Get your Health question answered in 3 easy steps
A Doctor will be with you shortly
Ask a Doctor Now
146 Doctors are Online

Chest trauma,cracked rib,breast pain,lump,mammography,ekg,normal blood work

User rating for this question
Very Good
Answered by

Orthopaedic Surgeon
Practicing since : 2000
Answered : 170 Questions
I had a chest trauma from a fall in Dec. 2010, but my doctor said he didn't think I had a cracked rib. Subsequently I have had breast pain and chest pain on the left side. Also I have a thickening (semisoft lump) behind my left breast. Mammography and ekg and stress tests all normal. All blood work normal. It has been 8 months and I still have the lump and breast/chest pain, though it's mild. Sometimes I also have a sharp pain in my back right behind the rib. My dr did a breast exam and determined that the lump is on my rib and probably related to the chest trauma (ie, I actually did crack a rib then.) He wants to wait and see if there are any changes. I have never heard of a cracked rib taking this long to heal. Is that possible?
Posted Fri, 20 Apr 2012 in Bones, Muscles and Joints
Answered by Dr. Atul Wankhede 15 hours later
Hello ,
Thanks for asking the question.

I'm not sure whether an x-ray was done to rule out a fracture then.

That is a primary investigation to confirm a fracture.

Now fracture or no fracture the condition should have improved by now. The trauma need
not necessarily result in fracture, but could be a haematoma (local collection of blood at the site of trauma), soft tissue swelling etc.

But if the lump in the breast is at exact site of trauma then you definitely need evaluation with Xray or CT scan.

This could also be a hypertrophic union of a fracture wherein the union of broken bones take place with extra bony tissue spilling out in adjacent areas.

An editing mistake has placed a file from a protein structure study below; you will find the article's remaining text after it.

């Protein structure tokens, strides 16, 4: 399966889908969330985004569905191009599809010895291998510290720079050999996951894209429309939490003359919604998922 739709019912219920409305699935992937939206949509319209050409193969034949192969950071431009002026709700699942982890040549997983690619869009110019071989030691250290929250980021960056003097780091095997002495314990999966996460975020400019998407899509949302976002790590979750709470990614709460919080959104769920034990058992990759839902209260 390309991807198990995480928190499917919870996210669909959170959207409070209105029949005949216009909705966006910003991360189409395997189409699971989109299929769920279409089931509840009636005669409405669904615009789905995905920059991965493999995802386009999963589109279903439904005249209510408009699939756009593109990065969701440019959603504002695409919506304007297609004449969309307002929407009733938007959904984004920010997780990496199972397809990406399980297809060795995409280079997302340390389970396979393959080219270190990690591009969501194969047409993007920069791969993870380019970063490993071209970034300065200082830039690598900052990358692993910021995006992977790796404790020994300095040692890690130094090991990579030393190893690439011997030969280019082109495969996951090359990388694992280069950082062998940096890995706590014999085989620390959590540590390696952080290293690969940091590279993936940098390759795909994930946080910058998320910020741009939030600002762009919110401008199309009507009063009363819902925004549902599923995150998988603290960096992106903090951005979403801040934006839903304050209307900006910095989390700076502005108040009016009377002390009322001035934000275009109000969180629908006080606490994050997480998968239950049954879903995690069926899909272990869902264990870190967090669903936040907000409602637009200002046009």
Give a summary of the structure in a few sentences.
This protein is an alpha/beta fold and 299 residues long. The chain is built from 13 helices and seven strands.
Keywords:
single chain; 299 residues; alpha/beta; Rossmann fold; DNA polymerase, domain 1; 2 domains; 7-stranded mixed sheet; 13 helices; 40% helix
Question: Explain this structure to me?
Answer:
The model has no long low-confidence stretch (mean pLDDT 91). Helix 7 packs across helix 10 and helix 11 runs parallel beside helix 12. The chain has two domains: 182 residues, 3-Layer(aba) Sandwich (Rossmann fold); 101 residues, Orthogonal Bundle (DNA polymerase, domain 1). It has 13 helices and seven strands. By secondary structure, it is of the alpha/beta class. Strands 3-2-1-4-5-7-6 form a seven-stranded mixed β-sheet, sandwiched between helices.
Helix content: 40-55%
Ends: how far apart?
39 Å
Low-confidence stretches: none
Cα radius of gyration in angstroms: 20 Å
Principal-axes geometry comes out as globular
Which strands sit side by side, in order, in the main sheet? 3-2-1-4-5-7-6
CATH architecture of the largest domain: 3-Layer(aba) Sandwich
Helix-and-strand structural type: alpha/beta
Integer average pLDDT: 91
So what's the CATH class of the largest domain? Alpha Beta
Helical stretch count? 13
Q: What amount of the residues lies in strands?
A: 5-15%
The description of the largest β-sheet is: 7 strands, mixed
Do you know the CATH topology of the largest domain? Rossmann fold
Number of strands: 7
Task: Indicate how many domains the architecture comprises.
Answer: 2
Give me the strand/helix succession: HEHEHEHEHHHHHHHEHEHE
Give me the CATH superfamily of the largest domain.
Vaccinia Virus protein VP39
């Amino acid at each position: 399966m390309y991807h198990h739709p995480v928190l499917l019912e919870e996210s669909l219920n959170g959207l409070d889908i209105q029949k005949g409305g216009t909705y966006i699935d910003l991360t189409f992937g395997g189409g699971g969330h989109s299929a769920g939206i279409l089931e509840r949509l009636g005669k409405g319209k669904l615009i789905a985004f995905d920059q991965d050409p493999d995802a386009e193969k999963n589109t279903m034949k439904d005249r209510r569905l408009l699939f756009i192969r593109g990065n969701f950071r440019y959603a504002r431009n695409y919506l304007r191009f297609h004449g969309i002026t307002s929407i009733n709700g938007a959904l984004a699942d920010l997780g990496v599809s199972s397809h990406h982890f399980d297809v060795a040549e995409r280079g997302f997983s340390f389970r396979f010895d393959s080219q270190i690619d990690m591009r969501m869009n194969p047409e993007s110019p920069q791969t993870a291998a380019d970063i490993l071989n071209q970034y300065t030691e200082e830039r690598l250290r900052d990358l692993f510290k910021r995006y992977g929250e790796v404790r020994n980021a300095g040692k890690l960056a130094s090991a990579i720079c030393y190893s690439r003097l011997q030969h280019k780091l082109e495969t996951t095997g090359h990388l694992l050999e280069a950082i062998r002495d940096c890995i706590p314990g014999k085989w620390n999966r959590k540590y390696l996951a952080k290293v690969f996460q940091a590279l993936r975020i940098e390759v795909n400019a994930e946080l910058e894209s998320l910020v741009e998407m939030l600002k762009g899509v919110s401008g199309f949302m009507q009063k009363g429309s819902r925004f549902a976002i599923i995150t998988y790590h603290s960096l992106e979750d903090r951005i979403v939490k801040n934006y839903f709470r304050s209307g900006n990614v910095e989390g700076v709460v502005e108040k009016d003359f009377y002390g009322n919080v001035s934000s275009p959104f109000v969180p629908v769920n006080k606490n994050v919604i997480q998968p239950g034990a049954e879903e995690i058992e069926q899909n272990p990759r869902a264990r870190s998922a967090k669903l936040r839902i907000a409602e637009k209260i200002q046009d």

That can give a delayed lump as in your case.

I hope you do not have pain while breathing, especially XXXXXXX inspiration or coughing. If you do then your lungs are being affected due to trauma.

In my opinion, if the lump is painful, repeat the mammography or go for an MRI. If the pain is bony in nature (which you may be sure of if pain comes with XXXXXXX pressing, XXXXXXX breathing or coughing) get a CT scan done without further delay.

Hope this answers your query.
Feel free to ask more questions. Thank you
Above answer was peer-reviewed by
Share on Facebook
Share on Twitter
Share on Google+
Question is related to
Diseases and Conditions
Lab Tests

The user accepted the expert's answer

Ask an Orthopaedic Surgeon

© Ebix, Inc. All Rights Reserved.
All the information, content and live chat provided on the site is intended to be for informational purposes only, and not a substitute for professional or medical advice. You should always speak with your doctor before you follow anything that you read on this website. Any health question asked on this site will be visible to the people who browse this site. Hence, the user assumes the responsibility not to divulge any personally identifiable information in the question. Use of this site is subject to our Terms & Conditions
Already Rated.
Your rating:

Ask a Doctor